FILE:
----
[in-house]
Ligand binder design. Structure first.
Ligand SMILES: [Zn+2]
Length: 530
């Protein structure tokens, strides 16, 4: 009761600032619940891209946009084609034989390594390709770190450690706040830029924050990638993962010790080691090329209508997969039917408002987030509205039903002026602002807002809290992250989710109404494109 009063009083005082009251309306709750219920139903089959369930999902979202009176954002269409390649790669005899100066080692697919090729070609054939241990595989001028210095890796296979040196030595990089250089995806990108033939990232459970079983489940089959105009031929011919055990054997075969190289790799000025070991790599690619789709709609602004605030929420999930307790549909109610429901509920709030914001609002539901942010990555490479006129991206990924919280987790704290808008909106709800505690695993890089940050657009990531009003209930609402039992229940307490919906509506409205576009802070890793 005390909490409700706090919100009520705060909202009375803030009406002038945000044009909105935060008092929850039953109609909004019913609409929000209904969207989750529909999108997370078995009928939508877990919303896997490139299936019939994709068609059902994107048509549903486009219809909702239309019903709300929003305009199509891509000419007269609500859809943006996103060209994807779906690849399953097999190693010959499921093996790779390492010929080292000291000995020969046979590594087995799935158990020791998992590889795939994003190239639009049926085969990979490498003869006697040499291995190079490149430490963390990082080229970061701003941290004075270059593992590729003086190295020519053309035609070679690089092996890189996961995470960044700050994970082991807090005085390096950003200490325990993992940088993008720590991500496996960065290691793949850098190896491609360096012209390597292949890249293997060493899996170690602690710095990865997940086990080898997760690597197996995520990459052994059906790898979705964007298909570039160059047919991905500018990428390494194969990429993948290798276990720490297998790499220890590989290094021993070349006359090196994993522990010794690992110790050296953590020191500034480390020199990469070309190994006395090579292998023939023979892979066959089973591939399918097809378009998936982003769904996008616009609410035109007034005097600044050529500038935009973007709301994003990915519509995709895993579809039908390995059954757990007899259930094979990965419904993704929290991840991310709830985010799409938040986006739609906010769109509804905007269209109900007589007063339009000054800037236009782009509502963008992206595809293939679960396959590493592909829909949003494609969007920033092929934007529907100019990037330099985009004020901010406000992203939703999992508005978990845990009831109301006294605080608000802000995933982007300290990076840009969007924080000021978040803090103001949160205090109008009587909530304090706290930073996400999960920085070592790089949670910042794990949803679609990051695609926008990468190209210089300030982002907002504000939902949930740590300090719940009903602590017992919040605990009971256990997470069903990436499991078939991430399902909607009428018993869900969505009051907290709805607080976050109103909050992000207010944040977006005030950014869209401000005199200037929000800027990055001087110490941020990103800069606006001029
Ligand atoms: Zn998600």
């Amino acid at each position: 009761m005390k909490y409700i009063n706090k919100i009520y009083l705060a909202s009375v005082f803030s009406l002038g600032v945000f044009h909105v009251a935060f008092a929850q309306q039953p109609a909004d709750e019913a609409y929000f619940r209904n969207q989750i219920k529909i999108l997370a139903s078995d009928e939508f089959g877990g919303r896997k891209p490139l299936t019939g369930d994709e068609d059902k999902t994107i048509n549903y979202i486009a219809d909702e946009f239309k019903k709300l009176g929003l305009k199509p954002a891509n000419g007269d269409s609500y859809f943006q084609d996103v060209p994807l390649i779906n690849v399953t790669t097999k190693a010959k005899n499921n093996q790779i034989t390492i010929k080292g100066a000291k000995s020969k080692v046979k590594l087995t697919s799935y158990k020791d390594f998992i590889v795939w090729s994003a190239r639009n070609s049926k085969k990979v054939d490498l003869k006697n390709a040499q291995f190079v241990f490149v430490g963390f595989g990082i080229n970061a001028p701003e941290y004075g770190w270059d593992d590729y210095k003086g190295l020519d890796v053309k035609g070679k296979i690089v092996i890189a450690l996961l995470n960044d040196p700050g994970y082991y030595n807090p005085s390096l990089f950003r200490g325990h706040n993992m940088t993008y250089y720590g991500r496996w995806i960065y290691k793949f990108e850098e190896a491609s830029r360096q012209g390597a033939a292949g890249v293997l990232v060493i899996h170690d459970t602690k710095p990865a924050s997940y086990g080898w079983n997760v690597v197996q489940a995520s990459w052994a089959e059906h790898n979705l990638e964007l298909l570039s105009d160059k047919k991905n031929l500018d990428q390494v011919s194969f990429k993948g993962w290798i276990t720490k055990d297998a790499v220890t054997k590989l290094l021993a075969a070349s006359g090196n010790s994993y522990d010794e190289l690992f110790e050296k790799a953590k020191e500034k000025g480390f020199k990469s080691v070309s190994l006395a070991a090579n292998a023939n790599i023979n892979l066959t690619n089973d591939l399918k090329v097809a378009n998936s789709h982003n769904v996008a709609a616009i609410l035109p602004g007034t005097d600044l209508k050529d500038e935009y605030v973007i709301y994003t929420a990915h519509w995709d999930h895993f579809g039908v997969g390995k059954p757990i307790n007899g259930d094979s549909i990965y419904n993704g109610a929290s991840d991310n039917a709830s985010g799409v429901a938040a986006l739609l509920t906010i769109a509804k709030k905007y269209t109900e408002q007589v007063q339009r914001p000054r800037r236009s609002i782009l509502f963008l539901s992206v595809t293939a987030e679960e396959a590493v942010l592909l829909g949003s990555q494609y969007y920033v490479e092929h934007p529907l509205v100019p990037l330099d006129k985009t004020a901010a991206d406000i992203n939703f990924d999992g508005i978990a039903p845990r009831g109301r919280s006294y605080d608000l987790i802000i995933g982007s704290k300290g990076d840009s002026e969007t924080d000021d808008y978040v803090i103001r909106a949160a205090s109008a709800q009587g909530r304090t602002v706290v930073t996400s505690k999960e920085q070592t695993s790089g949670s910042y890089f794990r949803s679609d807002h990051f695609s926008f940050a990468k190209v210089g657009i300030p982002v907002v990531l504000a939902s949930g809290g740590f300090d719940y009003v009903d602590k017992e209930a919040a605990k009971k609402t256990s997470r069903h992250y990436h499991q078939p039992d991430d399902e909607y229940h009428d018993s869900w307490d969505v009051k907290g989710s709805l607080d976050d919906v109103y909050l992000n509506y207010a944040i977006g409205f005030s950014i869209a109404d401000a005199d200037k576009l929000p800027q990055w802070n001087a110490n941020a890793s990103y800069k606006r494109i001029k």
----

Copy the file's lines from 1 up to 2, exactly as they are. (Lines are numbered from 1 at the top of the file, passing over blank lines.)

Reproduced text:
[in-house]
Ligand binder design. Structure first.